Autonomous cars: how do passers-by react?

Camouflaged behind the wheel
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M an can not not communicate “- communication science students learn that in their first lecture. What the philosopher and psychoanalyst Paul Watzlawick means by this: Even without words, we are always in contact with our fellow human beings, whether we like it or not. Glances and gestures indicate to pedestrians, for example, whether they are also being noticed by the driver. But what if we are suddenly no longer facing a person but a machine?

A problem that all manufacturers and suppliers around the world who deal with autonomous mobility have to deal with. But how do you test environmental reactions under real conditions without endangering other road users? Especially since the legislature prohibits self-driving cars in public traffic?

Dino Eisele
The' Undercover 'seat cannot be put on alone. Anette Sawonski helps it slip on so that it fits properly.

The solution is as simple as it is ingenious. The driver of the test vehicle is simply given a cover that visually merges with the seat. The editor behind the wheel is almost invisible to a fleeting glimpse from the outside, while he can look out through a mirrored film himself. Well, the cover is not really comfortable, because the field of vision and freedom of movement are somewhat restricted, and the best air conditioning is of no use under the thick leather skin. But what does one not do in the service of science?

Communication problems

The 'undercover' seat cannot be put on alone. Anette Sawonski helps it slip on so that it fits properly. The mechanical engineer heads the “Global Lighting Core” project at Ford, which is carried out in cooperation with the TUChemnitz carried out two studies with this test vehicle. “The aim was to find out whether and what kind of communication other road users expect from a self-driving car,” she explains. The LED strip mounted on the roof emits three different light signals, which are intended to draw attention to the autonomous car through flashing signals in a turquoise color. For example, starting and braking are communicated to the outside.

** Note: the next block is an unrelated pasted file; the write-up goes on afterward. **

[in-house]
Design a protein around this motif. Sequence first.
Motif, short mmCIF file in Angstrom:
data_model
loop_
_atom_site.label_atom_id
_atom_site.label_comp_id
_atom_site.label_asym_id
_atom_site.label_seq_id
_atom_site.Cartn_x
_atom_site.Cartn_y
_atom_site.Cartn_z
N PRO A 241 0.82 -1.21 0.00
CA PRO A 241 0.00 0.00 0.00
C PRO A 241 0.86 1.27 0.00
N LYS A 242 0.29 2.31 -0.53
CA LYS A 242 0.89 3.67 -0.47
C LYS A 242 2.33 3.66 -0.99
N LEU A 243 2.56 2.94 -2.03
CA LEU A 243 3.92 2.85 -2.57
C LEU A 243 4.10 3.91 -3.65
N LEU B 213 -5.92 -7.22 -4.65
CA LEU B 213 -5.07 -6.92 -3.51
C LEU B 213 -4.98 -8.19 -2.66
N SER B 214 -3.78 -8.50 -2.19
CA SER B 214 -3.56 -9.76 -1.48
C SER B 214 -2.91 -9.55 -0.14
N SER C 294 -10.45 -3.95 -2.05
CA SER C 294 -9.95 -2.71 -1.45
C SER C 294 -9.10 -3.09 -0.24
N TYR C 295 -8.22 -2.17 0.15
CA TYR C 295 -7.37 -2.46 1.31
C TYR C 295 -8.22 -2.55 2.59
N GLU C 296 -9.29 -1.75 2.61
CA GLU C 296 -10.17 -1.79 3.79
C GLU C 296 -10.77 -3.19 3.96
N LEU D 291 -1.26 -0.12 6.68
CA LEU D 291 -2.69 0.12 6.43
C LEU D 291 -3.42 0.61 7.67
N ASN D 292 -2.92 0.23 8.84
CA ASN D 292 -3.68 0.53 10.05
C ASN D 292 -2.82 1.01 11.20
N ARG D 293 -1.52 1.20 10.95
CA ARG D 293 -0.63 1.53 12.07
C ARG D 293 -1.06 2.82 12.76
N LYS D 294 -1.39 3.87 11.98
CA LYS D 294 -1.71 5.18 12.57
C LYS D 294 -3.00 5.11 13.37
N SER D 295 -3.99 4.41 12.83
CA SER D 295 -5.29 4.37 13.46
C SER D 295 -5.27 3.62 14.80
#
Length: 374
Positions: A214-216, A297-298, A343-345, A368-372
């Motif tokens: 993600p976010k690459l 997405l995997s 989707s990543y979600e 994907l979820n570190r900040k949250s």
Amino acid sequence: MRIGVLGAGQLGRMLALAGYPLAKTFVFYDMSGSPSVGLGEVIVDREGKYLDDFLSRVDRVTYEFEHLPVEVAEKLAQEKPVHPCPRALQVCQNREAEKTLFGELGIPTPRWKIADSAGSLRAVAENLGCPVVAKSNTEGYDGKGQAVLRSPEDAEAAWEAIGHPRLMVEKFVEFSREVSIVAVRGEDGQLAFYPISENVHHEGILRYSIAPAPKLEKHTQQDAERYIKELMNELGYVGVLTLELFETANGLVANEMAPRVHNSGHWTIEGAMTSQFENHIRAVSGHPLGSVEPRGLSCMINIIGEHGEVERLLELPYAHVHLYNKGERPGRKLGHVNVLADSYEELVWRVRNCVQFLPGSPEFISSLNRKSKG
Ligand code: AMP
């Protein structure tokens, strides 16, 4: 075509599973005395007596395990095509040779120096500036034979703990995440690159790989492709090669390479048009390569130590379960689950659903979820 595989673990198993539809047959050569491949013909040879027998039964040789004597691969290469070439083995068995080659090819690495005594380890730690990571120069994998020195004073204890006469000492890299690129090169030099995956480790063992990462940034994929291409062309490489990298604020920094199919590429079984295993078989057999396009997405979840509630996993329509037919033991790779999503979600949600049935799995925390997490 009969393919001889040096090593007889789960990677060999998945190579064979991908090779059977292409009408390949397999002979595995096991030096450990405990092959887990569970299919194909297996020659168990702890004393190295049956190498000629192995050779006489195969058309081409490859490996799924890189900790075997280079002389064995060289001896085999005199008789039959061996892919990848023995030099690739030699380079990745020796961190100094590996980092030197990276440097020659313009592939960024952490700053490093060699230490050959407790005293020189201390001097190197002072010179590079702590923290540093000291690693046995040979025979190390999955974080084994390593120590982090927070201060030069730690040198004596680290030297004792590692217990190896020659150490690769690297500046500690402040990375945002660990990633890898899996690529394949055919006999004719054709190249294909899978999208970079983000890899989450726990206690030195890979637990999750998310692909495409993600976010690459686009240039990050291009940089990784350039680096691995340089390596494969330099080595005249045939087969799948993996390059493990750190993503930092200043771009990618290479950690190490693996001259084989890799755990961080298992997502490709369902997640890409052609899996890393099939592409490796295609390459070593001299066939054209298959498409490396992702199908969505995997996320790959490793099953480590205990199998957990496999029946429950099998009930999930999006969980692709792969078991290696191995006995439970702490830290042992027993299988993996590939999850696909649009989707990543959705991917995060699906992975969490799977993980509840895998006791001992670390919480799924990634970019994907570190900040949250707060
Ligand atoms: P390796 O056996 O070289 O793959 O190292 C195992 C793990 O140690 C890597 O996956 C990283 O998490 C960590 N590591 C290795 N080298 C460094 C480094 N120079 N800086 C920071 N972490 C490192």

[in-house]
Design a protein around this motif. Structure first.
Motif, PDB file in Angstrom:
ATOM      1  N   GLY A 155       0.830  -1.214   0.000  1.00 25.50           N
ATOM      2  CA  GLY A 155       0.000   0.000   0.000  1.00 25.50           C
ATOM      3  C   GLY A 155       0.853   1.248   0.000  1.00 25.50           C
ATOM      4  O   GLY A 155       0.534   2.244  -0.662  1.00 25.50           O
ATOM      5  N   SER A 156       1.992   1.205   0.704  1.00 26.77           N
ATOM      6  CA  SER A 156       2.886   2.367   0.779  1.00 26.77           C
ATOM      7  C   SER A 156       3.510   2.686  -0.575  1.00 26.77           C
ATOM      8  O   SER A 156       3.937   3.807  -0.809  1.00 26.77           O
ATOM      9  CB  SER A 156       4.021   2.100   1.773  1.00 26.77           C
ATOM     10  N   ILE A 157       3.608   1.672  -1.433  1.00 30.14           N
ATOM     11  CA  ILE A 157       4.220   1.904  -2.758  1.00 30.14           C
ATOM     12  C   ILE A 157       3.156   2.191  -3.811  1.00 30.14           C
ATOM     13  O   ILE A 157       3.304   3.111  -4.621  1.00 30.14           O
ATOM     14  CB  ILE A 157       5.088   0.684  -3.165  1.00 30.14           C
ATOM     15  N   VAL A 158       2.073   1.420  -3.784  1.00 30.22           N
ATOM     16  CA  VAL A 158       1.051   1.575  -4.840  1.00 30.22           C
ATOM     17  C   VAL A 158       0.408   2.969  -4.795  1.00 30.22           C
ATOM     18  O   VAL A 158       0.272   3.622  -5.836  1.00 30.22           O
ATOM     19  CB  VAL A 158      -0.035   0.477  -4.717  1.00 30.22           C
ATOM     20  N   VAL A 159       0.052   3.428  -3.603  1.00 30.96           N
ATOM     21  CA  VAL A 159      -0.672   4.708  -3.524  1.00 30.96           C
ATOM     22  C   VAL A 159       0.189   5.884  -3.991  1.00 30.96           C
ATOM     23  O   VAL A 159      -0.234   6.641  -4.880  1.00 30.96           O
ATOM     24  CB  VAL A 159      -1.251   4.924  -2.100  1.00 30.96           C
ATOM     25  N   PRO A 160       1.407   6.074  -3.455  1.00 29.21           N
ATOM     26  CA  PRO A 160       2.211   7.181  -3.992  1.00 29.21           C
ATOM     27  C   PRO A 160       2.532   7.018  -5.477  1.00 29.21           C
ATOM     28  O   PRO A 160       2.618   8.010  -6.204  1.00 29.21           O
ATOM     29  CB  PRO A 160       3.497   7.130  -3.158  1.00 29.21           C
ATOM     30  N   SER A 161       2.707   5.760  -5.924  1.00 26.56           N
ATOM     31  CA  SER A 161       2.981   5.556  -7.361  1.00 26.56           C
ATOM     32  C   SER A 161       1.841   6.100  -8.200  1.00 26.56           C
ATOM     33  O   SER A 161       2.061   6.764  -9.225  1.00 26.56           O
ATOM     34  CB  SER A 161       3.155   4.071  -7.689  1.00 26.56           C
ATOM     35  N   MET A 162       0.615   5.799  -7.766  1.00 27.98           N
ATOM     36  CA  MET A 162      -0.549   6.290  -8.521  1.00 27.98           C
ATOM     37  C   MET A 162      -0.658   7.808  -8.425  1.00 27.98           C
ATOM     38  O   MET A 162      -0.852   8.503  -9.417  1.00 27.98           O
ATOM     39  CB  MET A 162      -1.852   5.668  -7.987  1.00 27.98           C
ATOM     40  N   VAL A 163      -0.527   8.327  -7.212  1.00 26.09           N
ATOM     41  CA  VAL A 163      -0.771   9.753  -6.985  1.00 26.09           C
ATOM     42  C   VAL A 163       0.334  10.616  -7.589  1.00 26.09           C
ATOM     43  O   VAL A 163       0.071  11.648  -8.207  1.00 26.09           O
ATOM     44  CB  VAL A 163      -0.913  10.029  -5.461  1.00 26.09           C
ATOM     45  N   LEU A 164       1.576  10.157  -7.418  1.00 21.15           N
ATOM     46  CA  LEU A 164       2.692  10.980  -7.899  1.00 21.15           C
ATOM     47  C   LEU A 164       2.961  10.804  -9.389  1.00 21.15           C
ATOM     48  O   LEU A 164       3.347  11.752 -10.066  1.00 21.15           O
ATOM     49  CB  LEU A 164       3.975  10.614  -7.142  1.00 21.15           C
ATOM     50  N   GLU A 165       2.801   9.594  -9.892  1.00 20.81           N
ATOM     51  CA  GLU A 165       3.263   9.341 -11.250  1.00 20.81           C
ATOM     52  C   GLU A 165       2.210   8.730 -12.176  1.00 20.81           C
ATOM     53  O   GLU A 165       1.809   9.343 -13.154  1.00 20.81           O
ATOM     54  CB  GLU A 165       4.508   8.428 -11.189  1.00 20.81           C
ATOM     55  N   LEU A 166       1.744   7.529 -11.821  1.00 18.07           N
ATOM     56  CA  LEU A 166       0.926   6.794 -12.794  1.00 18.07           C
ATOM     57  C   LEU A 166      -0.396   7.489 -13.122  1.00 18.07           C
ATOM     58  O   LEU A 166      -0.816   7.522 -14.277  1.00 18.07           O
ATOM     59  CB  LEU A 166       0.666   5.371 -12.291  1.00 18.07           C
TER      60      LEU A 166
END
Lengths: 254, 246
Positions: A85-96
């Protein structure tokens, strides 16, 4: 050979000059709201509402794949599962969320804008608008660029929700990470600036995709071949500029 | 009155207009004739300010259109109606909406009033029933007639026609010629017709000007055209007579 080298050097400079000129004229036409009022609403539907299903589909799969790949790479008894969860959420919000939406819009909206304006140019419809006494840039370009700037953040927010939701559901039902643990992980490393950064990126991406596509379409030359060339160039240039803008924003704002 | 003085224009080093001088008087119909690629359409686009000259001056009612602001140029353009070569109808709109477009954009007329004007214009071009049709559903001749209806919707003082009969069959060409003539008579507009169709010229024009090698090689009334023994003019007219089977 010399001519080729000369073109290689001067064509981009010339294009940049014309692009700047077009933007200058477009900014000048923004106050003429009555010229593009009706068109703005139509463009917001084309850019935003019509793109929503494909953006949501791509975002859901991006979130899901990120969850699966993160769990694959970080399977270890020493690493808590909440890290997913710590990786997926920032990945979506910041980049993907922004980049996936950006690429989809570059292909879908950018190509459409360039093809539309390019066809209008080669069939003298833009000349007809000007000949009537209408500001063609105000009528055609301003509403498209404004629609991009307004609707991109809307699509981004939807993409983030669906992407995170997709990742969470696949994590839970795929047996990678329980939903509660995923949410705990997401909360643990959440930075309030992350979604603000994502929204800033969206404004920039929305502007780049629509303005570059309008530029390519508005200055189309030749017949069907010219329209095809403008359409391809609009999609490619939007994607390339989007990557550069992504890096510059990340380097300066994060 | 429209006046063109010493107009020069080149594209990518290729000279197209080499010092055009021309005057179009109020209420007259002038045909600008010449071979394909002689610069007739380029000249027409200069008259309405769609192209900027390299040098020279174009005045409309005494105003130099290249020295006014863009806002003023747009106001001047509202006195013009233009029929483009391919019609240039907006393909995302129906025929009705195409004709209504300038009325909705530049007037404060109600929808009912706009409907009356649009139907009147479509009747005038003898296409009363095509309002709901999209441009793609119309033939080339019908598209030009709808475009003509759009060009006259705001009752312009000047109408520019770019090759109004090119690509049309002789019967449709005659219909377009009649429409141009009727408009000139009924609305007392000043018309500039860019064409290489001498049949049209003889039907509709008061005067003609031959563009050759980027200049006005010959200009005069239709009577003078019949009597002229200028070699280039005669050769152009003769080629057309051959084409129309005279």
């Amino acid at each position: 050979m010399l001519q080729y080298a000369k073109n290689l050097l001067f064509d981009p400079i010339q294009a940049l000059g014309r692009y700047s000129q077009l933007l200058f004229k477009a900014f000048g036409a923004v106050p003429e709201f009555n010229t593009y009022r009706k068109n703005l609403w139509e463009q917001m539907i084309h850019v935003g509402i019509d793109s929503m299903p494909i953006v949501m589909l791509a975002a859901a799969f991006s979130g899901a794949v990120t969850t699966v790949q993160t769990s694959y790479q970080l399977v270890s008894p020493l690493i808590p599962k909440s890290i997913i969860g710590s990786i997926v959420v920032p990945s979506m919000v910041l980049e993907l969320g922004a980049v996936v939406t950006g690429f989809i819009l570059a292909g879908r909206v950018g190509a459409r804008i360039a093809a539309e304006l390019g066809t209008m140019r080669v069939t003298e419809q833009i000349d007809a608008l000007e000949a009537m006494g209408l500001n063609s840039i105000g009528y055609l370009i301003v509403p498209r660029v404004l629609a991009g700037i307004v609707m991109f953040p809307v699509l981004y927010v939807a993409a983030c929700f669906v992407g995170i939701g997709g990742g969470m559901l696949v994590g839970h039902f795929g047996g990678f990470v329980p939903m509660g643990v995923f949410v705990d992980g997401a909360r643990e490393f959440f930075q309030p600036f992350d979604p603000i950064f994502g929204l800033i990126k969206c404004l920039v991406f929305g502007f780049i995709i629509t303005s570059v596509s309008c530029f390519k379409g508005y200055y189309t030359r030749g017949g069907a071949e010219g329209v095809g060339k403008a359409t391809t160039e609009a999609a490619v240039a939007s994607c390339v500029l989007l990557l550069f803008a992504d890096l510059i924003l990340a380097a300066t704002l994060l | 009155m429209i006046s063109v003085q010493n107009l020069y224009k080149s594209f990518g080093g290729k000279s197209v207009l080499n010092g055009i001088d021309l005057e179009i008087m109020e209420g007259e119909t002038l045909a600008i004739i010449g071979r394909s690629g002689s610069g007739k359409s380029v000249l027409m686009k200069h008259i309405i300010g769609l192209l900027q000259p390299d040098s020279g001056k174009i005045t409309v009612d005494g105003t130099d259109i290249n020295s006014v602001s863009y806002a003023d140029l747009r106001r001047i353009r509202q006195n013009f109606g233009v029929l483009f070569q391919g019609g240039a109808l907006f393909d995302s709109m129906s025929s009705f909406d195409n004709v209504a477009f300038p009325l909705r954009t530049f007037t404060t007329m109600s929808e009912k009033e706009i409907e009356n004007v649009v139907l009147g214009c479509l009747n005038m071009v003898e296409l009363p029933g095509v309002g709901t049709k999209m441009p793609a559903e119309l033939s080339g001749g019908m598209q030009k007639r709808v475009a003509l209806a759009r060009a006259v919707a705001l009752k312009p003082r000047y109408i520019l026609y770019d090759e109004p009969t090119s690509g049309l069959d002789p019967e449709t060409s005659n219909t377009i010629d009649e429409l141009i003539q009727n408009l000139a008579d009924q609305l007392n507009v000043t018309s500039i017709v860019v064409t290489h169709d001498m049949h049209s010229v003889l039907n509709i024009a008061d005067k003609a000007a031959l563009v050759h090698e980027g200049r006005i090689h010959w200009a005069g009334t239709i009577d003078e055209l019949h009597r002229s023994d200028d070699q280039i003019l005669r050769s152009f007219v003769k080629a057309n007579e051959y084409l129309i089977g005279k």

First finding: the lights are perceived by passers-by, but their meaning is often unclear. 'Like traffic light colors, the new signals from autonomous cars first have to be learned,' concludes Isabel Neumann from Chemnitz University of Technology. One of the greatest challenges is also to find globally uniform rules for the design of signals and a special color for autonomous cars. That is why further studies are being planned, which will examine the acceptance of zebra crossings projected onto the road, among other things, according to the research assistant.

Undercover deployment

Time to find out for yourself how the invisible in HG Wells' science fiction novel must have felt. At first, however, only a few take notice of the supposedly empty driver's seat in passing. The flashing LEDs attract too much attention. That changes when we approach a drive-in. Instead of handing over the ordered fries, the waitress pushes the pane back in panic. However, the colleagues who have been summoned cannot help her either. Only when we cleared up the situation do the ladies calm down again.

The staff at the nearby car wash reacts much more relaxed. Since the LED strip is not waterproof, it must be removed beforehand. Nevertheless, the Cologne owner calmly takes the driverless hustle and bustle, pulls the prepared 10-euro note out of the gap in the window and begins to hose down the Ford. Afterwards we learn that he suspected a TV prank behind the driverless car and just played along.

In fact, a computer voice like the one K.I.T.T. in the 80s series 'Knight Rider' had been helpful here. But before cars can talk to us, they first have to master sign language.

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